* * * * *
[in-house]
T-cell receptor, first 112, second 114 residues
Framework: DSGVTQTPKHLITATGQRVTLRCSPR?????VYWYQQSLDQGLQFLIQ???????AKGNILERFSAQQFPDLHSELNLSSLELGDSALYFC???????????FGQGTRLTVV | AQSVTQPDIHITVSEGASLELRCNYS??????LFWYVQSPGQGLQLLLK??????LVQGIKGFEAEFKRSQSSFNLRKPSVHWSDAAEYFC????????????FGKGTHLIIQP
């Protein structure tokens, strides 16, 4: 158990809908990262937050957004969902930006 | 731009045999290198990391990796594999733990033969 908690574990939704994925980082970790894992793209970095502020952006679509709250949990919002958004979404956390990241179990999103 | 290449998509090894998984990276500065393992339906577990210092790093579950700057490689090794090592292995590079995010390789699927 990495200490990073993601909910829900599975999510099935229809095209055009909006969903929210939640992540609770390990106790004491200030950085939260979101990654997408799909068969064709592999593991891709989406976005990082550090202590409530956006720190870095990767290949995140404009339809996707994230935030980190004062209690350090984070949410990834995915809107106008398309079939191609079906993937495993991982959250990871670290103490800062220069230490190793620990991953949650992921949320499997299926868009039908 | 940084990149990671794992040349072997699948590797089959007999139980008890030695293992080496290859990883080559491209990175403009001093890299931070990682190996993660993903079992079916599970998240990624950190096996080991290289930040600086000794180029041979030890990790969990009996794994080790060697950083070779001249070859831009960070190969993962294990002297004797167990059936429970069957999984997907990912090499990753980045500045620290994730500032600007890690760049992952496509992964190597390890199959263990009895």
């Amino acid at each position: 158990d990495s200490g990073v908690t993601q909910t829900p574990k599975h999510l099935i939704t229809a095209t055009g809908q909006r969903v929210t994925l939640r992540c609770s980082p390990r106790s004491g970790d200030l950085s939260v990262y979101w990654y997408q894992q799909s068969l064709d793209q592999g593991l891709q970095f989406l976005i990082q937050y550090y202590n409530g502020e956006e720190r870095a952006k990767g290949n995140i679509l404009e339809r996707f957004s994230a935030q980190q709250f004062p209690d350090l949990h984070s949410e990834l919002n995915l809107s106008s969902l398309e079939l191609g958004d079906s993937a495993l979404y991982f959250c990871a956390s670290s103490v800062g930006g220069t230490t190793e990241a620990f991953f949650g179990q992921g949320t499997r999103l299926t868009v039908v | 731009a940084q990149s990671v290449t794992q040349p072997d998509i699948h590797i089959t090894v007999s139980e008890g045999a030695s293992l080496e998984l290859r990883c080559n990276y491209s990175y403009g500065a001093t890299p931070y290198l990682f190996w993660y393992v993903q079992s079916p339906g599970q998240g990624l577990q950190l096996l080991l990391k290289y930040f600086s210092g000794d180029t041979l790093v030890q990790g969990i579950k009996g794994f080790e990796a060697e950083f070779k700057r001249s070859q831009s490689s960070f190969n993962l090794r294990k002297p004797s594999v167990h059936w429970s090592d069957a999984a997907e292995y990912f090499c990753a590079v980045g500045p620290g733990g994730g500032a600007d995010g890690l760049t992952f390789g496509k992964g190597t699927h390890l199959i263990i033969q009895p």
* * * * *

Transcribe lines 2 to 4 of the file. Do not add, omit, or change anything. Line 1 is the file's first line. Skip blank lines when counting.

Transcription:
T-cell receptor, first 112, second 114 residues
Framework: DSGVTQTPKHLITATGQRVTLRCSPR?????VYWYQQSLDQGLQFLIQ???????AKGNILERFSAQQFPDLHSELNLSSLELGDSALYFC???????????FGQGTRLTVV | AQSVTQPDIHITVSEGASLELRCNYS??????LFWYVQSPGQGLQLLLK??????LVQGIKGFEAEFKRSQSSFNLRKPSVHWSDAAEYFC????????????FGKGTHLIIQP
């Protein structure tokens, strides 16, 4: 158990809908990262937050957004969902930006 | 731009045999290198990391990796594999733990033969 908690574990939704994925980082970790894992793209970095502020952006679509709250949990919002958004979404956390990241179990999103 | 290449998509090894998984990276500065393992339906577990210092790093579950700057490689090794090592292995590079995010390789699927 990495200490990073993601909910829900599975999510099935229809095209055009909006969903929210939640992540609770390990106790004491200030950085939260979101990654997408799909068969064709592999593991891709989406976005990082550090202590409530956006720190870095990767290949995140404009339809996707994230935030980190004062209690350090984070949410990834995915809107106008398309079939191609079906993937495993991982959250990871670290103490800062220069230490190793620990991953949650992921949320499997299926868009039908 | 940084990149990671794992040349072997699948590797089959007999139980008890030695293992080496290859990883080559491209990175403009001093890299931070990682190996993660993903079992079916599970998240990624950190096996080991290289930040600086000794180029041979030890990790969990009996794994080790060697950083070779001249070859831009960070190969993962294990002297004797167990059936429970069957999984997907990912090499990753980045500045620290994730500032600007890690760049992952496509992964190597390890199959263990009895």